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TOPIC: A leeward boat with no luffing rights

A leeward boat with no luffing rights 6 months 3 weeks ago #142

  • Bill Brockbank
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This didn't lead to a protest.
In a shifty, light Northerly wind 2 boats approached F mark (to be left to starboard) on a broad reach on their way to a temporary mark near 12.
The faster boat established a leeward overlap from behind a slower boat within 2 lengths and well before Mark F's zone. The boats, now W and L, remained overlapped throughout this incident.
Both boats cleared F without incident
The fastest course would be to bear away to escape most of the wind shadow caused by Fishermans Point, luffing up later. However, the points at which to luff or bear away depend largely on whether the boats get a gust between F and the wind shadow. These can be guessed but cannot possibly be known.
Faster L's attempts to sail through slower W's lee are hampered by W's wind shadow. L luffs slightly to increase her speed and break clear ahead of W. So W needs to luff slightly, does so and keeps clear of L.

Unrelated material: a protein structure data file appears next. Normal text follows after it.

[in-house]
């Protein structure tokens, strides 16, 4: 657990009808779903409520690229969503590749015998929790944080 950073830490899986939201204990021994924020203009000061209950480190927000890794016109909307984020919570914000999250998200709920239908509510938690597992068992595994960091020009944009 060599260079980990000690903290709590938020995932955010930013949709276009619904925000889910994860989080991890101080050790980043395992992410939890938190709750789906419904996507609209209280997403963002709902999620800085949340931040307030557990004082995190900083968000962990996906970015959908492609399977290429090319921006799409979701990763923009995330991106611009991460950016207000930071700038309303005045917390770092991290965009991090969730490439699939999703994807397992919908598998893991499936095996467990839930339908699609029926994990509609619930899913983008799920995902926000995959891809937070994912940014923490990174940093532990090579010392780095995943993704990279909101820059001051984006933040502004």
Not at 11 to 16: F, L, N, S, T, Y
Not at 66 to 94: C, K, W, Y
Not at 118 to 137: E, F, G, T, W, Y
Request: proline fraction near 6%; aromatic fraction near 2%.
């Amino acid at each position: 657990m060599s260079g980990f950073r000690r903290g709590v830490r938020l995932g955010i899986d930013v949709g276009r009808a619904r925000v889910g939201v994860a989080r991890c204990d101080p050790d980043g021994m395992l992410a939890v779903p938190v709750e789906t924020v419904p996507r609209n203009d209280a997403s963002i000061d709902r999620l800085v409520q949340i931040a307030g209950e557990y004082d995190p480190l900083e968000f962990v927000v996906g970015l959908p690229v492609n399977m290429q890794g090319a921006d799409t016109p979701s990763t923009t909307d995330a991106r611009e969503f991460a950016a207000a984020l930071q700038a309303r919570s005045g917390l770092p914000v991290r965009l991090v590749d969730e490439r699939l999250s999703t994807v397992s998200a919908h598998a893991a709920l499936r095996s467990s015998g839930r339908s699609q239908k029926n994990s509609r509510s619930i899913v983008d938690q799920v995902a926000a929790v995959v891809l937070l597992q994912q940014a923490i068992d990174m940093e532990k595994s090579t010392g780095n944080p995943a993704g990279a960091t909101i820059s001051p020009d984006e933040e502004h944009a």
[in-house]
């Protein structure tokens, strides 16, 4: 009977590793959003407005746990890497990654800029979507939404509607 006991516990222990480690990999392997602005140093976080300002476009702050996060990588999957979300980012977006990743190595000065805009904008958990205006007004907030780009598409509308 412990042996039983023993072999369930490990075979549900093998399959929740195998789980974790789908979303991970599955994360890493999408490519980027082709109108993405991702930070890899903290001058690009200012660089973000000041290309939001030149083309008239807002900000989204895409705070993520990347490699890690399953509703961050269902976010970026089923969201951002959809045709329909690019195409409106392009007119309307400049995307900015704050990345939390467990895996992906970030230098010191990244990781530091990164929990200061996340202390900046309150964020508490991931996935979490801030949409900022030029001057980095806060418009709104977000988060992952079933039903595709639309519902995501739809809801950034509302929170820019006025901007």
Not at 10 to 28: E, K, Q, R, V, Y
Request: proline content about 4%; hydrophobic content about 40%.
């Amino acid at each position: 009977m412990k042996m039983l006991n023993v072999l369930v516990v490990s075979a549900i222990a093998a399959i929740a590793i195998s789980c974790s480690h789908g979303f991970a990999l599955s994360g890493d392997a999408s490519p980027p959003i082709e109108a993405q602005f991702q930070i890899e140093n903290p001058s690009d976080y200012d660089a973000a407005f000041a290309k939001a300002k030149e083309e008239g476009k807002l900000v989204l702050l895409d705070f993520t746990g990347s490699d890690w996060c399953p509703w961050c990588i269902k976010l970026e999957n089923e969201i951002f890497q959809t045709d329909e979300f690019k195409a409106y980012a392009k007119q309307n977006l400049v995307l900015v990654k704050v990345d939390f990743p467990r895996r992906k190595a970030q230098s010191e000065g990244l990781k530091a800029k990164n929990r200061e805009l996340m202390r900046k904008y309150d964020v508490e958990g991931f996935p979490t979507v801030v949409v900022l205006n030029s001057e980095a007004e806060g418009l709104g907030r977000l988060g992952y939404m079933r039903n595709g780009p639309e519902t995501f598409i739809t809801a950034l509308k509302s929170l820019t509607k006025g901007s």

Q. What would have happened if this had gone to protest?
A. It depends. The rule is clear, L (having come from behind) can't sail above the course she would sail if W weren't there. L breaks this rule but to penalise her a protest committee would have to measure L's intent. To 'get inside L's head'; to know why L really luffed. Which they can't do (unless L messes up her evidence) with sufficient certainty to act.
Protest committees are human, they don't like 'not sure' verdicts. In practice they'll use a 'reasonably sure' test, knowing full well (as do the protagonists) that it's only defensible not right. So...
Q1. During L's luff she doesn't sail a course above the next mark.
A1. In the absence of any other clues, dismiss W's protest. L's luff might have been legitimate.
Q2. L's luff takes her far enough upwind of the course to the next mark she'll later need to bear away or gybe so losing more time than her luff gained.
A2. In the absence of other clues, uphold W's protest. L's luff was more likely to clear W's wind shadow than to sail the fastest course had W not been there.

An experienced PC will often add "we can't know what happened on the water, we can only take into account the evidence as presented". They might also add 'more likely than not' to some of their facts found.

Knowing this it's unlikely W will protest.
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